A New Companion to Hispanic Mysticism


Volume Editor:
Winner of the 2011 SCSC Bainton Prize for Reference Works

The “canon” of Hispanic mysticism is expanding. No longer is our picture of this special brand of early modern devotional practice limited to a handful of venerable saints. Instead, we recognize a wide range of “marginal” figures as practitioners of mysticism, broadly defined. Neither do we limit the study of mysticism necessarily to the Christian religion, nor even to the realm of literature. Representations of mysticism are also found in the visual, plastic and musical arts. The terminology and theoretical framework of mysticism permeate early modern Hispanic cultures. Paradoxically, by taking a more inclusive approach to studying mysticism in its “marginal” manifestations, we draw mysticism—in all its complex iterations—back toward its rightful place at the center of early modern spiritual experience.

Contributors: Colin Thompson, Alastair Hamilton, Christina Lee, Clara E. Herrera, Darcy Donahue, Elena del Río Parra, Evelyn Toft, Fernando Durán López, Francisco Morales, Freddy Domínguez, Glyn Redworth, Jane Ackerman, Jessica Boon, José Adriano de Freitas Carvalho, Luce López-Baralt, María Carrión, Maryrica Lottman, and Tess Knighton.

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Hilaire Kallendorf, Ph.D. (2000) in Comparative Literature, Princeton University, is Associate Professor of Hispanic Studies at Texas A&M University. Her books include Exorcism and Its Texts (2003) and Conscience on Stage (2007), both published by the University of Toronto Press.
The Bainton Reference Works Prize Committee voted unanimously to award the prize to: The New Companion to Hispanic Mysticism ,ed. Hilaire Kallendorf.
From the prize committee’s report: "This volume comprehensively covers a very important topic within the history of early modern religion – “Hispanic” mysticism. It provides not only a fine example of the state of current research, but also of new approaches to traditional topics and of new questions to be asked of the materials. Its innovative approach is most evident in the expanded geography of its vision that, looking beyond the traditional borders of Spain, now includes the Spanish possessions not only in the New World, but also in Europe (Portugal, Southern Italy, and the Netherlands). Such a larger geographical view of the field is echoed in the range of the discussions, with articles that consider the relationship of mysticism with such topics as gender, music, or space.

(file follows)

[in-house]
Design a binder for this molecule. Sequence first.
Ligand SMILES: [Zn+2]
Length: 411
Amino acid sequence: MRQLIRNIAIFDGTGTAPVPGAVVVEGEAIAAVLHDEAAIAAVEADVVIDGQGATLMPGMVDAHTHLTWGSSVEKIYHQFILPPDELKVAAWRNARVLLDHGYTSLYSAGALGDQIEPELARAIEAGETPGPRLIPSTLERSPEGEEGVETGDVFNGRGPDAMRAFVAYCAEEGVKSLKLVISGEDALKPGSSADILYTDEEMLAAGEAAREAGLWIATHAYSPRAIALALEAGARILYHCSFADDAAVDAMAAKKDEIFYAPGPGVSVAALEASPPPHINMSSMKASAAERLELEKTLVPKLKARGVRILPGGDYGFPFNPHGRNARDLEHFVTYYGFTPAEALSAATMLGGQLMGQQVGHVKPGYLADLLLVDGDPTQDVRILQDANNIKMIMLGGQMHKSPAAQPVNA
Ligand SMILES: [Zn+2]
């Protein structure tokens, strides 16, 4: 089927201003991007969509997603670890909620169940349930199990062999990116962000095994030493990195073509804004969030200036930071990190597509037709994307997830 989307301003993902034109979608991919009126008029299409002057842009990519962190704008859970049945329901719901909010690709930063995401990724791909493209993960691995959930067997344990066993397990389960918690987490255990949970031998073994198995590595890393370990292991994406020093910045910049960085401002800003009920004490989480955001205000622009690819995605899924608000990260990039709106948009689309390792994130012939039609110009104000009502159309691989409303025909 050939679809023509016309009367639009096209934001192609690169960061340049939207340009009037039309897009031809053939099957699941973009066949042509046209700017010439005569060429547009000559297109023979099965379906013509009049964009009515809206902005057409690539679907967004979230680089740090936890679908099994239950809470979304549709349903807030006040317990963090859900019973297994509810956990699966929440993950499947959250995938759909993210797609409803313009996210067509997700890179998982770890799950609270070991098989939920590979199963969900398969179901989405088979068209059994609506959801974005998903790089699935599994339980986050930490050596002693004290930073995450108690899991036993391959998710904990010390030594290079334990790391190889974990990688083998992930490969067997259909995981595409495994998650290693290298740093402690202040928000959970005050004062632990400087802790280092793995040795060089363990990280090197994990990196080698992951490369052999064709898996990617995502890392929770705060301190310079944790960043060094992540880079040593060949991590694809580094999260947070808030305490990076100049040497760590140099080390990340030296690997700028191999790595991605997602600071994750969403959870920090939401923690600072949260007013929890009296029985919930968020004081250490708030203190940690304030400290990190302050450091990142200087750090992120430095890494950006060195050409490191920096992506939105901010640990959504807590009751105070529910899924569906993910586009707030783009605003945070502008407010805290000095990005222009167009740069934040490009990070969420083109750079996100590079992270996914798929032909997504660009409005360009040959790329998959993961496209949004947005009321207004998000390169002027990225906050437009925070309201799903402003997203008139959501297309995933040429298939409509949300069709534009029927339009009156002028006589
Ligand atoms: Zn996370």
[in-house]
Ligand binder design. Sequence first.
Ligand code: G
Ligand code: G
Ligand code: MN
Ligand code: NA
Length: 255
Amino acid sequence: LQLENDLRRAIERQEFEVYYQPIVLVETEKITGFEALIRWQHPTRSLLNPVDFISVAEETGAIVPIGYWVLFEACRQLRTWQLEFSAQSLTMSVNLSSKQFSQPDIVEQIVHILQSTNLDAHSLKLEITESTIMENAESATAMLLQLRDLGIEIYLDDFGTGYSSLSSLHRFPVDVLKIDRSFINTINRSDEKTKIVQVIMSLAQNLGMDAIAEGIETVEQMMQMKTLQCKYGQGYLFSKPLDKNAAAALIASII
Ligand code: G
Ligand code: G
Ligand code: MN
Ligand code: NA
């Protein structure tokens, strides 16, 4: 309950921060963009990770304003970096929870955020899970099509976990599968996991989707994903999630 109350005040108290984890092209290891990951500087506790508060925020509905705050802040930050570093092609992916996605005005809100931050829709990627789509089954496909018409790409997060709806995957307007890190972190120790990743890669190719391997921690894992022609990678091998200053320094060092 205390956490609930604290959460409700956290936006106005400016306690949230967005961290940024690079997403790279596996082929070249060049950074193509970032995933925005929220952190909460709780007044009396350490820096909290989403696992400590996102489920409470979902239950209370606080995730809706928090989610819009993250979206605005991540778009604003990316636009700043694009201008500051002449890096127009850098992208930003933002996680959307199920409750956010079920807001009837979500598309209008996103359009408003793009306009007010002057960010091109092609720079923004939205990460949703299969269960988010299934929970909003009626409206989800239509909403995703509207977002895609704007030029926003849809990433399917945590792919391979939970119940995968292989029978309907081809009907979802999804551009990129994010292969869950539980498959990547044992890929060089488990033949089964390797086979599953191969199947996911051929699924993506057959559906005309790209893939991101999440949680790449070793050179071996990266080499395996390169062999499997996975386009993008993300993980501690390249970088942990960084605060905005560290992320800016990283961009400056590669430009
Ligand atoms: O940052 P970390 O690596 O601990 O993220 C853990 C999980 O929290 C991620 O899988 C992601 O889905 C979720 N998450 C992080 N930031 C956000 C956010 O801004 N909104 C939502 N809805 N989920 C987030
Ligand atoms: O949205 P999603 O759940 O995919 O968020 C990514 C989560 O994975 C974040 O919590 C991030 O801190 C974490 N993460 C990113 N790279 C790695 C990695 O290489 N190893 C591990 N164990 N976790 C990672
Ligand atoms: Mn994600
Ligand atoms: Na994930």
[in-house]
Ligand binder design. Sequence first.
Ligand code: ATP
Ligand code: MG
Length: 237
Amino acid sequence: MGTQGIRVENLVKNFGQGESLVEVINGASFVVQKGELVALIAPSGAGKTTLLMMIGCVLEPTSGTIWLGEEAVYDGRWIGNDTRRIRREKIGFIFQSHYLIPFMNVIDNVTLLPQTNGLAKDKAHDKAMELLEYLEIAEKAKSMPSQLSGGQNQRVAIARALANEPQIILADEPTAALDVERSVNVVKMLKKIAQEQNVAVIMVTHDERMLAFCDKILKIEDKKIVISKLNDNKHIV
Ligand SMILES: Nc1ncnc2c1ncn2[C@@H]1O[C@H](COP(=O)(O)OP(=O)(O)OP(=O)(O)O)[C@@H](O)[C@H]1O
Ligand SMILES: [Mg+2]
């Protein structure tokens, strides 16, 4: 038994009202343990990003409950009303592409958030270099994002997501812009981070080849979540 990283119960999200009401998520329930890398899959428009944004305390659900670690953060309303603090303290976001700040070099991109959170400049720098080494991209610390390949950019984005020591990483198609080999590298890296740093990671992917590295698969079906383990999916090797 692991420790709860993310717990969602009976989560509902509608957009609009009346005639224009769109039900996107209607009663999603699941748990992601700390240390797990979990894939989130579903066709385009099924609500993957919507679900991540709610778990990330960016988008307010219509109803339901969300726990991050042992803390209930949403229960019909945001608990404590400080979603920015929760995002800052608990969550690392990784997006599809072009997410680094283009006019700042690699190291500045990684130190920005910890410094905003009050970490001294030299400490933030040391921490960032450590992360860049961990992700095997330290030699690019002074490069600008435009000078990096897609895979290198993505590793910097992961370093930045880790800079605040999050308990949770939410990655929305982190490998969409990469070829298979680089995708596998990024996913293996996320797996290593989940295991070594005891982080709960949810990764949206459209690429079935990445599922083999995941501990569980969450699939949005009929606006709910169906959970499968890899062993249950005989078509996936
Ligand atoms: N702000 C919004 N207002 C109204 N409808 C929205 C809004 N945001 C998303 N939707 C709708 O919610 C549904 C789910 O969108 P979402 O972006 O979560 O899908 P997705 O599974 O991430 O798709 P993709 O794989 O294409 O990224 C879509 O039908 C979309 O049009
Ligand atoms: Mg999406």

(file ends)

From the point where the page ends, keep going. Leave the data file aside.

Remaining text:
Particularly noteworthy was the editor’s decision to seek contributions from scholars at various points in their career and from very different scholarly traditions (Anglo-American, Latin-American, Iberian, Dutch). This decision enriched the offerings and provided a healthy dose of diversity to the collection. The first four articles consider “larger trends” and thus provide a “survey” of the field that will be useful to scholars across the disciplines. The next eight consider “specific figures”, both male and female, both European and Latin American, and their relationship with such topics as gender, reform, Islam, or with their precursors, such as St. Catherine of Siena. The last five contributions illustrate the “interdisciplinary applications” the topic and current research both foster.